Google etc. see straight links and presumably credit them. No harm done at all. -Larry

2:12 am on Oct 17, 2005 (gmt 0)

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Another note. I agree that strictly speaking, this wasn't cloaking.
Cloaking is when you serve up one page to the SEs, and quite another to the public.

Still, I'm curious just how they do this. I presume there is some code that
says in effect: " IF JS enabled, go to THIS page immediately."
IF I'm right, what would the code actually look like?
If I see that in the page source, it nails down the diagnosis pretty firmly. -Larry

6:33 pm on Nov 3, 2005 (gmt 0)

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Still, I'm curious just how they do this. I presume there is some code that
says in effect: " IF JS enabled, go to THIS page immediately."
IF I'm right, what would the code actually look like?
If I see that in the page source, it nails down the diagnosis pretty firmly. -Larry

It wouldn't be a javascript redirect... it would just search the page dynamically and replace external links. Using a detection looking for http: in the link and then adding their php link into the href.

10:18 pm on Nov 3, 2005 (gmt 0)

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That could very well be. For me the main thing is that the Search engines
see the straight link, and credit that as an incoming link to my page. - Larry
8:56 pm on Nov 4, 2005 (gmt 0)

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I didn't say it was a JavaScript redirect. It's more like a mouseover event, where the destination URL changes if the mouse curson hovers over the anchor.

As far as whether the link will be attributable to your site, Larry, if the link points to your site in the HTML (irrespective on any JavaScript mouseover events), then I believe it will in fact be attributable to your site.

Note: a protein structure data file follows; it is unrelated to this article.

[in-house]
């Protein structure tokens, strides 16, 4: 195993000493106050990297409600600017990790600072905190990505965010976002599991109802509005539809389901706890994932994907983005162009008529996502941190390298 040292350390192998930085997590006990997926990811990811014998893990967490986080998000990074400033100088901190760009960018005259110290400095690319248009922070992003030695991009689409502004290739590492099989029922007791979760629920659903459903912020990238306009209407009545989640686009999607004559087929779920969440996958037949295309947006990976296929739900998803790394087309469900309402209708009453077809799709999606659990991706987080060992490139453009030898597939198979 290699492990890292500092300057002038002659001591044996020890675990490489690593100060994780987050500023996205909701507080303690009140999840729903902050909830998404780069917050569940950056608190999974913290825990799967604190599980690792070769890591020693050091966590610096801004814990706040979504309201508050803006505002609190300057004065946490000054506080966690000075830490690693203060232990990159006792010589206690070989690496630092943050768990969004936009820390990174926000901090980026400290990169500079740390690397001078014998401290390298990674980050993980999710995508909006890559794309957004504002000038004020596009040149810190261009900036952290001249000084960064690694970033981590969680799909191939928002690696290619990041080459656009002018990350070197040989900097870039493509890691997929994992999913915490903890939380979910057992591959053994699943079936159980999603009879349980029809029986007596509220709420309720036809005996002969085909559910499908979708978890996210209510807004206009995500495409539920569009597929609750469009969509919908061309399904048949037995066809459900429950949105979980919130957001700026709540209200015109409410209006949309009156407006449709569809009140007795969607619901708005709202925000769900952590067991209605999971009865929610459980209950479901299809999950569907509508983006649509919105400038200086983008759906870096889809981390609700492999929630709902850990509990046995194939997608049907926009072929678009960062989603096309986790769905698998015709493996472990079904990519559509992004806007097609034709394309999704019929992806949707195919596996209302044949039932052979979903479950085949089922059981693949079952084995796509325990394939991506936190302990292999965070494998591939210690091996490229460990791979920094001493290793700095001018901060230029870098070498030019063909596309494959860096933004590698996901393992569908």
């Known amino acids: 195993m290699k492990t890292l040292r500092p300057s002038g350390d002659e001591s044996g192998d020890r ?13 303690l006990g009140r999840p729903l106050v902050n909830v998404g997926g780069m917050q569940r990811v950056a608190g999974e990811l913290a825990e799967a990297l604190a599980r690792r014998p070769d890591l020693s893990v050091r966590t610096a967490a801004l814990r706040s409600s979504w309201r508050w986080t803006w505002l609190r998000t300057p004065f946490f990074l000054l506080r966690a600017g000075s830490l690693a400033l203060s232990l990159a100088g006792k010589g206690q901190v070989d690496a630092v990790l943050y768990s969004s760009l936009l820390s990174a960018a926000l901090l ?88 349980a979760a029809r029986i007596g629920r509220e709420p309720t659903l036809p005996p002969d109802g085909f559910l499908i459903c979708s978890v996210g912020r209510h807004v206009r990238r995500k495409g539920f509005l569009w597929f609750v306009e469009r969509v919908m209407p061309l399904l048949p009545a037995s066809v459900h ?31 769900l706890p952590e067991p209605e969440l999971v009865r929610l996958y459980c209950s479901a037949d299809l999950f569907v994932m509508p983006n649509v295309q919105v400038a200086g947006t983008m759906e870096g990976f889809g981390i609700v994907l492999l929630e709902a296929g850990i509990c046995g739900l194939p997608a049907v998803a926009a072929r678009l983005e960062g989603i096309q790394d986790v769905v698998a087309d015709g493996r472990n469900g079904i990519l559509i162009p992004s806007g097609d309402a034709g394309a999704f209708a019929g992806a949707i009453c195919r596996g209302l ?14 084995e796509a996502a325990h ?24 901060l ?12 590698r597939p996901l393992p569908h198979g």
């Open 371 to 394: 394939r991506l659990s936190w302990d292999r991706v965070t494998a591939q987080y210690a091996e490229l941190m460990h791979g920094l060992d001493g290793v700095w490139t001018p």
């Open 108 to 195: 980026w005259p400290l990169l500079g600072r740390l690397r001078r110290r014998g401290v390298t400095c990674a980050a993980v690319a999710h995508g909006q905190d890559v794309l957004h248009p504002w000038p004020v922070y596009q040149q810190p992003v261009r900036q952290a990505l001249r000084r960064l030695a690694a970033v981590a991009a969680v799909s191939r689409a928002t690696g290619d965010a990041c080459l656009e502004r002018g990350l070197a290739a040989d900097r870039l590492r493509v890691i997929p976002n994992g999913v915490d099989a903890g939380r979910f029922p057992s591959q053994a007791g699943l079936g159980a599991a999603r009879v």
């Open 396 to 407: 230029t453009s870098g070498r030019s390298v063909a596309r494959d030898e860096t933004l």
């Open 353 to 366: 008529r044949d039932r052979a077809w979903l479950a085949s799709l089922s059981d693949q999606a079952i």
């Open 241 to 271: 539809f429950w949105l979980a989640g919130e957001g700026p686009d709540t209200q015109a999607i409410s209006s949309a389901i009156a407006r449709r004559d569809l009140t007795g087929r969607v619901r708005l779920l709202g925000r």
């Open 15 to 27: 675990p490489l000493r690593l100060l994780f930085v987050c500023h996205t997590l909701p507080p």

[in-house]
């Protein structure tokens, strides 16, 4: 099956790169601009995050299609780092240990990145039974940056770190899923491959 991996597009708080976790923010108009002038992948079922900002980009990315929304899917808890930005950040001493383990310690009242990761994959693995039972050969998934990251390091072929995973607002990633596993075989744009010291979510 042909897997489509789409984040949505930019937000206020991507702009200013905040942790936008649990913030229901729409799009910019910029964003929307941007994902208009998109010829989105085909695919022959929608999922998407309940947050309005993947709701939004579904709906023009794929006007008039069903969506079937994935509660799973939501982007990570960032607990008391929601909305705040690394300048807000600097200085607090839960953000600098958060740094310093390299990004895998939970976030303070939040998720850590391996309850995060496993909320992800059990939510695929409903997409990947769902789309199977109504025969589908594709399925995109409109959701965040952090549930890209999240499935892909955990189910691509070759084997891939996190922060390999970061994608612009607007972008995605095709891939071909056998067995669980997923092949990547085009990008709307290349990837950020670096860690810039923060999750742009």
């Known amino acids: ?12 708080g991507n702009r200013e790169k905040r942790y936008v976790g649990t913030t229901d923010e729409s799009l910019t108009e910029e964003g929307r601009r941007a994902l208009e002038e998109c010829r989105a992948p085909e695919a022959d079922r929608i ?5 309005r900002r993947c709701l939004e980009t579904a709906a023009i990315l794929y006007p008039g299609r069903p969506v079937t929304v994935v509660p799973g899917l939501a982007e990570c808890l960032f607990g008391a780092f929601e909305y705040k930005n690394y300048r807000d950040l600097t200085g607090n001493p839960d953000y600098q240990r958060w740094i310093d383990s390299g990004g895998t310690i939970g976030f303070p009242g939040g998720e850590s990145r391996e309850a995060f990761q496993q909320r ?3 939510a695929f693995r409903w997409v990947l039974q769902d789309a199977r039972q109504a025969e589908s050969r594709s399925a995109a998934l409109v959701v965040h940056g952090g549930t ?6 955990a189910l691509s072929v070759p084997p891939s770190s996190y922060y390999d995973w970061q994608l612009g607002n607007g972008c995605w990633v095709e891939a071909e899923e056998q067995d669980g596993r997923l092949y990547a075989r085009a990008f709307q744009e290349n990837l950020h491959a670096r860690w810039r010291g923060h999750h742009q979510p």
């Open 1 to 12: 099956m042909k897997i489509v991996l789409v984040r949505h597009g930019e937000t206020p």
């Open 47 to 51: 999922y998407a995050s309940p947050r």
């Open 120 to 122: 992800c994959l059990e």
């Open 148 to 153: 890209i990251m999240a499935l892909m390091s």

9:48 pm on Nov 4, 2005 (gmt 0)

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I looked over the newpaper article source code. There was no sign of mouseover shenanigans.
The link to my page is a straight html link. I was curious how they did that. -Larry
8:02 pm on Nov 6, 2005 (gmt 0)

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Is there a linked .js document?
11:08 pm on Nov 6, 2005 (gmt 0)

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Hi VolatileGX: YES there is javascript. Here's what I think is the relevant code (exemplified)

<script language="JavaScript" type="text/JavaScript">
<!--
function findexternallinks () {
dump='';
for (i=0; i<document.links.length; i++) {
host = document.links[i].host;
href = document.links[i].href;
protocol = document.links[i].protocol;
if ((host.search(/newmexican\.com/i) == -1) && (host.search(/207\.#*$!\.yyy\.zzz/i) == -1)
&& (protocol.search(/mailto\:/i) == -1) && (host.search(/trafficdeveloper\.com/i) == -1)
&& (host!= 'localhost') && (protocol.toLowerCase()!= 'javascript:') ) {
document.links[i].href = "/externallink.php?url=" + escape(href);
} } }

- - -

Note the /externallink.php bit. THAT is exactly how the redirected hits come in with my URL appended.
Mystery solved. Its JS with a .php redirect.

A FEW people, presumably with JS disabled, came in via the straight link.
That is how I found the URL of the originating page. -Larry

11:14 pm on Nov 7, 2005 (gmt 0)

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Good detective work. I'm glad you solved the mystery :)

Dan